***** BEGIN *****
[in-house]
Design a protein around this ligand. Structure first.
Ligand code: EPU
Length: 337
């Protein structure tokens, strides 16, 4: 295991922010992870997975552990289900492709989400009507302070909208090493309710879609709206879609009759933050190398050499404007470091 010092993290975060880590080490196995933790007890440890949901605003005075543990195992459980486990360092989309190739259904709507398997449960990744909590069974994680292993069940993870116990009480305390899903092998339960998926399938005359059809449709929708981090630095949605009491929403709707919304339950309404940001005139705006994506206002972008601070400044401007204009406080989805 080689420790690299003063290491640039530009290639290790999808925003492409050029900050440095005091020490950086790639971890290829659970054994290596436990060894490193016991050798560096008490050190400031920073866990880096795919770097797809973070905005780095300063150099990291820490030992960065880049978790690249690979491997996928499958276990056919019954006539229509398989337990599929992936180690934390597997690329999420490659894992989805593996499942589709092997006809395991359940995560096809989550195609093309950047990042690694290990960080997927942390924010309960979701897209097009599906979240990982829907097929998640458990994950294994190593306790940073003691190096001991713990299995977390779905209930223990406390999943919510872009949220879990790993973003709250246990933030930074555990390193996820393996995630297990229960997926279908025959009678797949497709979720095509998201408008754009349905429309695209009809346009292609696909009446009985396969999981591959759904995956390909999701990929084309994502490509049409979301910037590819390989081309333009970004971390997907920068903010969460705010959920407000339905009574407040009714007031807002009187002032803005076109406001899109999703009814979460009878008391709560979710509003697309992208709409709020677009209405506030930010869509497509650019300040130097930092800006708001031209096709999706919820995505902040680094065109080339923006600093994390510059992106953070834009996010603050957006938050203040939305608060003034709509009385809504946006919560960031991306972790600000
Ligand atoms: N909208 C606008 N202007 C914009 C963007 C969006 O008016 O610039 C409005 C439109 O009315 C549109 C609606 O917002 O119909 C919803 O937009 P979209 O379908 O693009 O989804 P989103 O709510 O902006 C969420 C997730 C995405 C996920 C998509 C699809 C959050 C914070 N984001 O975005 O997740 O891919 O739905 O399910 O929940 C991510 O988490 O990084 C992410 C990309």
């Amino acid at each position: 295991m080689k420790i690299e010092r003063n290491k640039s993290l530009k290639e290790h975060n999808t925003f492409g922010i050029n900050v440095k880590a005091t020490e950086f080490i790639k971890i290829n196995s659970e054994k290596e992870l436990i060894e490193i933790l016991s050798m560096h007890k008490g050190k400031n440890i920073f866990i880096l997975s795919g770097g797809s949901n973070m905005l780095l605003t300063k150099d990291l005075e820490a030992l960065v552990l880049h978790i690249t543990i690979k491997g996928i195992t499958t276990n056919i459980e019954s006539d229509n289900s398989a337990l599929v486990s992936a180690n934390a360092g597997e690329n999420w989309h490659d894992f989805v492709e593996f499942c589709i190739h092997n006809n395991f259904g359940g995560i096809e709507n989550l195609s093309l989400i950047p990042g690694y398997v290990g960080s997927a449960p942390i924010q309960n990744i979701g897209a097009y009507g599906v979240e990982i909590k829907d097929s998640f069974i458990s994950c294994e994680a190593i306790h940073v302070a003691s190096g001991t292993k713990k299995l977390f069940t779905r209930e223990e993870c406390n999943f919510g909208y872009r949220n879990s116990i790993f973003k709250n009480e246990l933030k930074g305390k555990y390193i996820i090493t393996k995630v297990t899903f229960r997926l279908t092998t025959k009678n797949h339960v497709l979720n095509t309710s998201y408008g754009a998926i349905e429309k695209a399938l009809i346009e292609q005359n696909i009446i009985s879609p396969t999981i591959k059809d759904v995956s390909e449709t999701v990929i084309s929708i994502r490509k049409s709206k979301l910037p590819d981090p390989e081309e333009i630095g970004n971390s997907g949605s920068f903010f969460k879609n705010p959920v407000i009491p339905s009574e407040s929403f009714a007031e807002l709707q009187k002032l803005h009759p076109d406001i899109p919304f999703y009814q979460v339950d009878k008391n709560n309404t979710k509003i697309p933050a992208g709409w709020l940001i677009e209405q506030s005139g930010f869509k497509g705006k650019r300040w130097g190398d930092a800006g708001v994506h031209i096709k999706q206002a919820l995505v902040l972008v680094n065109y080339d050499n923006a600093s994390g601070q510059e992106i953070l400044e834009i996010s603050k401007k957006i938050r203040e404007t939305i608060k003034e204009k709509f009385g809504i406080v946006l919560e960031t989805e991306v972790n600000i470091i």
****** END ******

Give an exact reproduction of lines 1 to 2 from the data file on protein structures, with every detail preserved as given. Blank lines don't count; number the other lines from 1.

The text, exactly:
[in-house]
Design a protein around this ligand. Structure first.